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USA Today wants Raiders fined $1 million for hiring a white head coach
Even though they went through the NFL's mandatory, insulting charade of pretending to consider minority candidates when everyone knew they had already made their choice.
This is one of those things where I have to say in all honesty, because I'm not black, I think I know how this business would make me feel, but I can't say for sure so if you're black I want to hear from you on it. I think, it this sort of thing was applied to me, I'd find it insulting and condescending even though they claim it's to benefit me. That's what I think.
The NFL's so-called Rooney Rule says that any time an NFL team has an opening for the position of head coach, they must interview at least one minority candidate for the position. It sounds like it would benefit minorities until you think about it for maybe three seconds, which we'll get into after the excerpt below.
It also creates situations like this one, in which everyone knew who the Oakland Raiders wanted as their coach, and everyone knew the perfectly legitimate reasons they wanted that person . . . but according to USA Today, the Raiders were still racist for hiring him:
One million dollars, plus the loss of a first-round draft pick.
That’s the type of penalty Roger Goodell needs to be ready to levy on Oakland Raiders owner Mark Davis for violating the Rooney Rule in luring Jon Gruden out of the Monday Night Football booth.
OK, maybe that’s not harsh enough.
Davis, who pursued Coach Chucky for six years, admitted to reporters after officially announcing the triumphant return Tuesday that they reached an agreement in principle on Christmas Eve — a week before previous coach Jack Del Rio was dumped.
To “comply” with the Rooney Rule that mandates teams must interview at least one minority candidate for head coach openings, the Raiders interviewed their tight ends coach Bobby Johnson and USC offensive coordinator Tee Martin — apparently after the deal was struck with Gruden.
The Fritz Pollard Alliance (FPA), which promotes and monitors minority hiring in the NFL, is pushing the league to launch an investigation that conclusively establishes the timeline.
“It has all the appearances of a violation,” Cyrus Mehri, general counsel for the FPA, told USA TODAY Sports on Wednesday night. “But like any case in America, you want to give people a chance to tell their side of the story.”
Davis’ own words seemingly confirmed what was widely speculated, that the Raiders made a mockery of the Rooney Rule.
The Rooney Rule creates ridiculous situations like this. The Raiders wanted to bring back their former head coach Jon Gruden because, ever since Gruden left coaching in 2007 he's been one of the most sought-after men by teams looking for a coach. He's won a Super Bowl. He's got a history with the Raiders. And he's just the kind of marquee name who will help them market the team when they move in two years to Las Vegas - at least if things go according to plan.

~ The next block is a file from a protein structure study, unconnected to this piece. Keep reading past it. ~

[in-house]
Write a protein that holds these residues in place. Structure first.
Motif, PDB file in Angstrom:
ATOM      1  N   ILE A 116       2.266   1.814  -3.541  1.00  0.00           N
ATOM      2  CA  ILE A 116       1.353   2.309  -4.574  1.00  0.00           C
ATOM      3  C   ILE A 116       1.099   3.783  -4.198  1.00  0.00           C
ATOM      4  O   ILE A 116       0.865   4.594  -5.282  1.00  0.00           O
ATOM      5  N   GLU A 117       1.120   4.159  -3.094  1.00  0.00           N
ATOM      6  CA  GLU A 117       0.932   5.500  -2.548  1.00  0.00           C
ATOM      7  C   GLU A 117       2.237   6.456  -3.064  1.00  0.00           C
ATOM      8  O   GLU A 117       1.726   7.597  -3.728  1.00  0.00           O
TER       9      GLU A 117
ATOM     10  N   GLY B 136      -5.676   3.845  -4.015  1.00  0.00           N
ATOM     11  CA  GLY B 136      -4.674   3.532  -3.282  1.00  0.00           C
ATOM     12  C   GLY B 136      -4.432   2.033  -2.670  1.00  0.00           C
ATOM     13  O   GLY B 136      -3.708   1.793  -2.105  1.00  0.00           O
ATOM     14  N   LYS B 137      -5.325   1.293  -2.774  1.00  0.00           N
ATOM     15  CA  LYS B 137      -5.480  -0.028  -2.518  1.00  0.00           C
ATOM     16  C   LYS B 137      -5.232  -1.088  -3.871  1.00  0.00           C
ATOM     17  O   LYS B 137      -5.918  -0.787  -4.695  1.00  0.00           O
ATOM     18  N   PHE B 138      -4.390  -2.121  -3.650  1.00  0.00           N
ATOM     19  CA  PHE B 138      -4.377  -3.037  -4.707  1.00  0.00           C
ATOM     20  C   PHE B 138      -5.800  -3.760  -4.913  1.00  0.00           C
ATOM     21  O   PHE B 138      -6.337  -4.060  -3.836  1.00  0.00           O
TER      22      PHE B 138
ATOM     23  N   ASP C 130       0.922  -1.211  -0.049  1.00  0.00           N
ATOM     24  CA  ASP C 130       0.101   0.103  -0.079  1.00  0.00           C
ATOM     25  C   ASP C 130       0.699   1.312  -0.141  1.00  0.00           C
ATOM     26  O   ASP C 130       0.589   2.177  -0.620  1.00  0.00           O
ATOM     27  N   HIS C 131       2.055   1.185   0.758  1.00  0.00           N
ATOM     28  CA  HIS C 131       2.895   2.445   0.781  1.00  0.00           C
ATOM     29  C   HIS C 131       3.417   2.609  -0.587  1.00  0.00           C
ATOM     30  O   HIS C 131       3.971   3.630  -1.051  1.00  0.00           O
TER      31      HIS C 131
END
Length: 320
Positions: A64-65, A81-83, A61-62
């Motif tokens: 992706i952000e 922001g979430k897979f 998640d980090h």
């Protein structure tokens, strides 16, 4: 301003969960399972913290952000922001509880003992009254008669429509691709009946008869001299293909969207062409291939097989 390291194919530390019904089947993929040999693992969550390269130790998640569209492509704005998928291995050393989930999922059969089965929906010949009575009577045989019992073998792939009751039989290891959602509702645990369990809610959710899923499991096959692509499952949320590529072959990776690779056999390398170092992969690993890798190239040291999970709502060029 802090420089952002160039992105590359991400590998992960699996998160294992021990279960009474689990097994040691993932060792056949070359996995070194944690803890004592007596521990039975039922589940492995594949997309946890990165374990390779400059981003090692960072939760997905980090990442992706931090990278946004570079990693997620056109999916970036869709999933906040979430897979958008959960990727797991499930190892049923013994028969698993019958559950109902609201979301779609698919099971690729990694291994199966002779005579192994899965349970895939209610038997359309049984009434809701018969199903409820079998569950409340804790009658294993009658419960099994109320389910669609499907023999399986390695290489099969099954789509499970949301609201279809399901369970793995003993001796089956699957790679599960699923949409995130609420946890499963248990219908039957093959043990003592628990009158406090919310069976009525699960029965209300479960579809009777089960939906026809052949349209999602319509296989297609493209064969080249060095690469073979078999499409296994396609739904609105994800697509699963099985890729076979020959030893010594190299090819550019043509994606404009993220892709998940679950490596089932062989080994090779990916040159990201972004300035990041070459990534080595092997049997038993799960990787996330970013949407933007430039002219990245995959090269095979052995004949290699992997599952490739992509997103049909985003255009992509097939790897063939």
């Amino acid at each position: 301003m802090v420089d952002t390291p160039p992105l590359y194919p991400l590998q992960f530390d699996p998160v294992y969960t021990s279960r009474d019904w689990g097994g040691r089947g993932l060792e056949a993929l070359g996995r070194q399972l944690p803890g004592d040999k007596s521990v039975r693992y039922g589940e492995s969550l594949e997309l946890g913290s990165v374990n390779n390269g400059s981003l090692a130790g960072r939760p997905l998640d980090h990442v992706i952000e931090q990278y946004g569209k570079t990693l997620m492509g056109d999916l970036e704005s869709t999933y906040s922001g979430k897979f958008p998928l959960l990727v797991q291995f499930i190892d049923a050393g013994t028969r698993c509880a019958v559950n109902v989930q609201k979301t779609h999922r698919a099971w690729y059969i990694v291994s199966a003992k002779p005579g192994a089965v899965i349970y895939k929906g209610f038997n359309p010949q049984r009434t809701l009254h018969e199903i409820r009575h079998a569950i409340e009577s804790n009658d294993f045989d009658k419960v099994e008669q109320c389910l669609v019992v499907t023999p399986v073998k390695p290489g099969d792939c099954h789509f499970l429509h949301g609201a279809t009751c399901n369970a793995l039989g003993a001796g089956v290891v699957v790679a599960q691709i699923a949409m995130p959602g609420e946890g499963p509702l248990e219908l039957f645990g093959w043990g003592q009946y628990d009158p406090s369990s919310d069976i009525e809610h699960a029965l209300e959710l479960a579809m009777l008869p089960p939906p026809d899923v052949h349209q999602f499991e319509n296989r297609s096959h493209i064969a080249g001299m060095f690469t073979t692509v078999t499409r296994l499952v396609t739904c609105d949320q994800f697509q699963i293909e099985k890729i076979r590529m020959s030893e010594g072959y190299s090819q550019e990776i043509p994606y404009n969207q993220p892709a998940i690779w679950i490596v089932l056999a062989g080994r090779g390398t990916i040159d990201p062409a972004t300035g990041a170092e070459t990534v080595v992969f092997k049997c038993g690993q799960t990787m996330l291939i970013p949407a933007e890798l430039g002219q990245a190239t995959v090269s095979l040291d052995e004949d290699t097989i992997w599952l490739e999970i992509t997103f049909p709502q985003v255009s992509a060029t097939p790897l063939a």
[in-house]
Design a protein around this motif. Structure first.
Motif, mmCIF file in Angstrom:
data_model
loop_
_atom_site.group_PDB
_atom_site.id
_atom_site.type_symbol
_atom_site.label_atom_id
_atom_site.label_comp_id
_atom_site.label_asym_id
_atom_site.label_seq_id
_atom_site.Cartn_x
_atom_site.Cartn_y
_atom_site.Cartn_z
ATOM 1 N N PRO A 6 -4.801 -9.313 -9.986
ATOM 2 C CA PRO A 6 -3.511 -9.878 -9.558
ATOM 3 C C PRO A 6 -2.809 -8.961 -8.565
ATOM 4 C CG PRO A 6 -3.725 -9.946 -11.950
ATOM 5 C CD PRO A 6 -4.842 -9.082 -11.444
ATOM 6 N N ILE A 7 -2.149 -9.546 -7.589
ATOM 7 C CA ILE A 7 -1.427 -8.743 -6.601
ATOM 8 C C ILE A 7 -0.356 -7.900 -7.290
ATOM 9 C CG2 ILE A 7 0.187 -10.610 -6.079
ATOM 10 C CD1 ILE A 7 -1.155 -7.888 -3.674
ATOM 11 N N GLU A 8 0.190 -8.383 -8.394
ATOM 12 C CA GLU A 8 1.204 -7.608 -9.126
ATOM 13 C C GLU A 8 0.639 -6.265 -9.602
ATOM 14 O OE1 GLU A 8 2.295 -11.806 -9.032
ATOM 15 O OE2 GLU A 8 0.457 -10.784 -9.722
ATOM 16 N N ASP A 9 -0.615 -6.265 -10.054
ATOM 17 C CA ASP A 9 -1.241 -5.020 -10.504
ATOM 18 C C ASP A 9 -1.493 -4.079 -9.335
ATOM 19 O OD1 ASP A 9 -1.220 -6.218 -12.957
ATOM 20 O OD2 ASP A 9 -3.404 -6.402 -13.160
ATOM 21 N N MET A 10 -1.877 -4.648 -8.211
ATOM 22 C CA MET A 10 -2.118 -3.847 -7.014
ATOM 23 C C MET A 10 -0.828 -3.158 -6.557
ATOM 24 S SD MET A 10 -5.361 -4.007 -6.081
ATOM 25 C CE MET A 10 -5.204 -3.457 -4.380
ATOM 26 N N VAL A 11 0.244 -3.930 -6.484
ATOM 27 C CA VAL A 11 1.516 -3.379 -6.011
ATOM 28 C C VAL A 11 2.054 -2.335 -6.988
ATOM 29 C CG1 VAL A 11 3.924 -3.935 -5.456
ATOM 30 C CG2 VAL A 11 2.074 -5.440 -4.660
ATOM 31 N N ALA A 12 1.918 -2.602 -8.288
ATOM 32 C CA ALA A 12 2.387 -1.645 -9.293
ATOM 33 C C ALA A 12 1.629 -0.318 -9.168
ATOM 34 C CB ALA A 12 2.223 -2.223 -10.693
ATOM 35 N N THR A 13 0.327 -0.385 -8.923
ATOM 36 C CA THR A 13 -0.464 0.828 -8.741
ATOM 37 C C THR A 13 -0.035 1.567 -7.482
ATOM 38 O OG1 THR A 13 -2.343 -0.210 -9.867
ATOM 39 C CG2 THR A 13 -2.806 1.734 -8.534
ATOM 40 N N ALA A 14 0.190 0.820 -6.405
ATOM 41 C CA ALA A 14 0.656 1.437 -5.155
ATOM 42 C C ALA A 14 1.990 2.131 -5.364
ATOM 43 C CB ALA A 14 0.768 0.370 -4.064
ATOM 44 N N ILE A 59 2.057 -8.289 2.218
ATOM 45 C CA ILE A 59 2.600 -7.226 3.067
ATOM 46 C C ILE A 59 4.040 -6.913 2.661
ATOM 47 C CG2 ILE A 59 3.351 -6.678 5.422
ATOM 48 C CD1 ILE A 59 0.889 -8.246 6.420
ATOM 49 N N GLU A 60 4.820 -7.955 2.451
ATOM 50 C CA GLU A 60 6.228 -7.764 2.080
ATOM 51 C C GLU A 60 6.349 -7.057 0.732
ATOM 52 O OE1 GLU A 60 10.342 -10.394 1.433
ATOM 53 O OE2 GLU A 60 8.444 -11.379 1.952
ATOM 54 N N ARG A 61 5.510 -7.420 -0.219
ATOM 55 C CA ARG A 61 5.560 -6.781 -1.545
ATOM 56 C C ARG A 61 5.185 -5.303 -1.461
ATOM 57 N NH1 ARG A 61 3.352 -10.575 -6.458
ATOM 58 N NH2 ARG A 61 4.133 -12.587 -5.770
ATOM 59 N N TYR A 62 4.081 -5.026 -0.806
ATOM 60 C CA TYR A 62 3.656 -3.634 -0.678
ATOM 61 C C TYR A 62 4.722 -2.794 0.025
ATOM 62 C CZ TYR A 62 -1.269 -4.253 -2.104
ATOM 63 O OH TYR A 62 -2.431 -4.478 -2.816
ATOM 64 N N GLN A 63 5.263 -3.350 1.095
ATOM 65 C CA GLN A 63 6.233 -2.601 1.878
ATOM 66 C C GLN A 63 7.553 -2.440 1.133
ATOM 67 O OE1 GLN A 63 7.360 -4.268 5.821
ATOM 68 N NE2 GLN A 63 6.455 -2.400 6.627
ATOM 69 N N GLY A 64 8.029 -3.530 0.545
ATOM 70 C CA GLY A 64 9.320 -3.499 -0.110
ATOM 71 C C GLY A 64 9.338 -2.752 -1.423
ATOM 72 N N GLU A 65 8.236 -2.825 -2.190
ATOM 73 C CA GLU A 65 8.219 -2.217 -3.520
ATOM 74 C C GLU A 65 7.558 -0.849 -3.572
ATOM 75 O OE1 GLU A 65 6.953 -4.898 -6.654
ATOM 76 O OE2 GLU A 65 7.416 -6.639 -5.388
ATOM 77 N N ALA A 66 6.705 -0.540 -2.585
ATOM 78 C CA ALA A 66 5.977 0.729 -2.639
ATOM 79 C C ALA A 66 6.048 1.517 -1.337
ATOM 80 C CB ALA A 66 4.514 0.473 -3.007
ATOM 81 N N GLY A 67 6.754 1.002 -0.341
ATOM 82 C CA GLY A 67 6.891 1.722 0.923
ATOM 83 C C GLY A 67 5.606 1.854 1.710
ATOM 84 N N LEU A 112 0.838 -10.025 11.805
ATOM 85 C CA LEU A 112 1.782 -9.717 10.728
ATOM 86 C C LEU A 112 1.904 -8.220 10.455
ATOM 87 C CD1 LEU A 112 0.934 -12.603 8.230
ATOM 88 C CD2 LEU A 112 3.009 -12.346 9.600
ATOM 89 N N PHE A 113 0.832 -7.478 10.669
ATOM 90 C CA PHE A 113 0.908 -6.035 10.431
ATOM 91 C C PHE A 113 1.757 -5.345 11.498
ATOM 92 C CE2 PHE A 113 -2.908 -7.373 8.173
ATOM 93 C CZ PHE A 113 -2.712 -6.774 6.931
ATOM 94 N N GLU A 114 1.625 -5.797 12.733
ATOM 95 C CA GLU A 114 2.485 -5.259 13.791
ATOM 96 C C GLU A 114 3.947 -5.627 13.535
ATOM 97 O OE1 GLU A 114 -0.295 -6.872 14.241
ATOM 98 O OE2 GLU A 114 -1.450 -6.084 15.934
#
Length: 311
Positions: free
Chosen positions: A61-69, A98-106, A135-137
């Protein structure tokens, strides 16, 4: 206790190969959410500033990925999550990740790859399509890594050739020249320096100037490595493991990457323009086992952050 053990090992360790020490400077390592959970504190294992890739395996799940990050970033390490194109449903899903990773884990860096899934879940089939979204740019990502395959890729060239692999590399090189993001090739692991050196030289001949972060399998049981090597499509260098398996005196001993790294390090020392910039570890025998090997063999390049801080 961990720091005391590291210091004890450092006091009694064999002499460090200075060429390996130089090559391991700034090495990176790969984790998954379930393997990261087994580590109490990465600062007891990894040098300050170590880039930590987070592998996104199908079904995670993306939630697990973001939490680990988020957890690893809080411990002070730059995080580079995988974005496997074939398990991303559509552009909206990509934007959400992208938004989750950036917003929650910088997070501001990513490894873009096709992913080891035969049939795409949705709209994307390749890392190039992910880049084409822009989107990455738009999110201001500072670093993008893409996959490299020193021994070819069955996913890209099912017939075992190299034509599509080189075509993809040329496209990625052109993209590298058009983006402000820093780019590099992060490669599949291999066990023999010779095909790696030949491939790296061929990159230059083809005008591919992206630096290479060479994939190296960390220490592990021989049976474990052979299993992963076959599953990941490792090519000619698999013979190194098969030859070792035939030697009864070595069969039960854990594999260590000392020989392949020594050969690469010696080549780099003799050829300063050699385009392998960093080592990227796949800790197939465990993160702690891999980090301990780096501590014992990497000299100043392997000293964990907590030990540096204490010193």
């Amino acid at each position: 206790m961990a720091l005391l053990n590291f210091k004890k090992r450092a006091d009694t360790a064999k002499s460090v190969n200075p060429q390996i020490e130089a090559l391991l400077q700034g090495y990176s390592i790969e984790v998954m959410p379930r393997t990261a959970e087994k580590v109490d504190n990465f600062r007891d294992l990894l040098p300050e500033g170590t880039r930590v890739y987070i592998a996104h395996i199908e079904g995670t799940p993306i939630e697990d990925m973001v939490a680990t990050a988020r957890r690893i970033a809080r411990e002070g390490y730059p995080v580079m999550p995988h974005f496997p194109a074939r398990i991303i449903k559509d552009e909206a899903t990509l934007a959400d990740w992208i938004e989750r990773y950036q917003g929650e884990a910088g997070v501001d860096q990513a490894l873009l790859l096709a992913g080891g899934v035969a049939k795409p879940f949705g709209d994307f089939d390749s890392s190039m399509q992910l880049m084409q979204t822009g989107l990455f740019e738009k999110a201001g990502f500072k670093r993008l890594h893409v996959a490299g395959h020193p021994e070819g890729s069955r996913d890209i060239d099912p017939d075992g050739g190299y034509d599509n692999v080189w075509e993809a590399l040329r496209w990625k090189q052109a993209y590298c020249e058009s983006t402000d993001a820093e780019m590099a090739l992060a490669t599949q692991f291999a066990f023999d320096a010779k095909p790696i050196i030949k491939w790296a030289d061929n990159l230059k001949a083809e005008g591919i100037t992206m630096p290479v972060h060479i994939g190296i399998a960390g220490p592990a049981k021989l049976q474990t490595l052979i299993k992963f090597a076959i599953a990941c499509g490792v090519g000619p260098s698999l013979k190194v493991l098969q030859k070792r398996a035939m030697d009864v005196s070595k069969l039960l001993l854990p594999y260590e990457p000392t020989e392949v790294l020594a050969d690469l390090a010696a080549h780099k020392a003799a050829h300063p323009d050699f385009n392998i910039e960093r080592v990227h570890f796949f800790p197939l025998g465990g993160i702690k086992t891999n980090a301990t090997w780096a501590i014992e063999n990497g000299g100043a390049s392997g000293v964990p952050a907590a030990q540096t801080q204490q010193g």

But the Raiders had to comply with the Rooney Rule, so they did quickie interviews with two assistants that everyone - probably including the assistants - knew they had no intention of hiring. The fact that these interviews happened at all is a travesty, and not because either Johson or Martin couldn't necessarily be a good head coach. But when you already know who you want, and you make these men go through this charade just to satisfy some idiotic prove-you're-not-racist exercise, you're disrespecting both the interviewees and the process of choosing a coach.
I've seen this happen before. Baseball has no Rooney Rule per se, but the commissioner's office wants teams to make a show of considering minority candidates when they have openings. Twelve years ago when the Detroit Tigers fired manager Alan Trammell, everyone knew that they wanted to hire Jim Leyland to succeed him. In fact, I think the whole reason Trammell was fired was because the Tigers hoped Leyland would take the job.
But in order to deflect charges of racism, the Tigers did quickie interviews with coaches Bruce Fields and Juan Samuel, who were members of Trammell's outgoing staff and had no chance of being retained. There, we interviewed two minorities like you wanted. Now we can finalize the deal with the manager we already knew we were going to hire.
This is a joke.
The fact of the matter is you don't always need to interview multiple candidates when you fill a job. Sometimes you know exactly who you want, and you don't have to look around. You just go get that person if you can. And another fact of the matter is that it's not racist to know who you want simply because the person you want happens to not be a minority.
Also, what the Rooney Rule assumes is that owners are too racist to be willing to interview minority candidates unless the league office forces them to do so. If you were a minority, would you want to work for a man who disrespected and disliked you because of the color of your skin, and only interviewed you to satisfy a quota? Why would you even sit through the interview if you thought that was the case? If that owner is really a racist, then you have no shot at the job. And if he's not a racist, then he doesn't need to be forced to consider you if you're a good candidate.
None of this makes any sense. And if the Raiders had already chosen Jon Gruden before they did their Rooney Rule interviews, that's not because the Raiders are racist. It's because the Rooney Rule is stupid, and directly leads to embarrassing and insulting situations like this.
Dan writes Christian spiritual warfare novels and does all kinds of other weird things too. Follow all his activity by liking him on Facebook!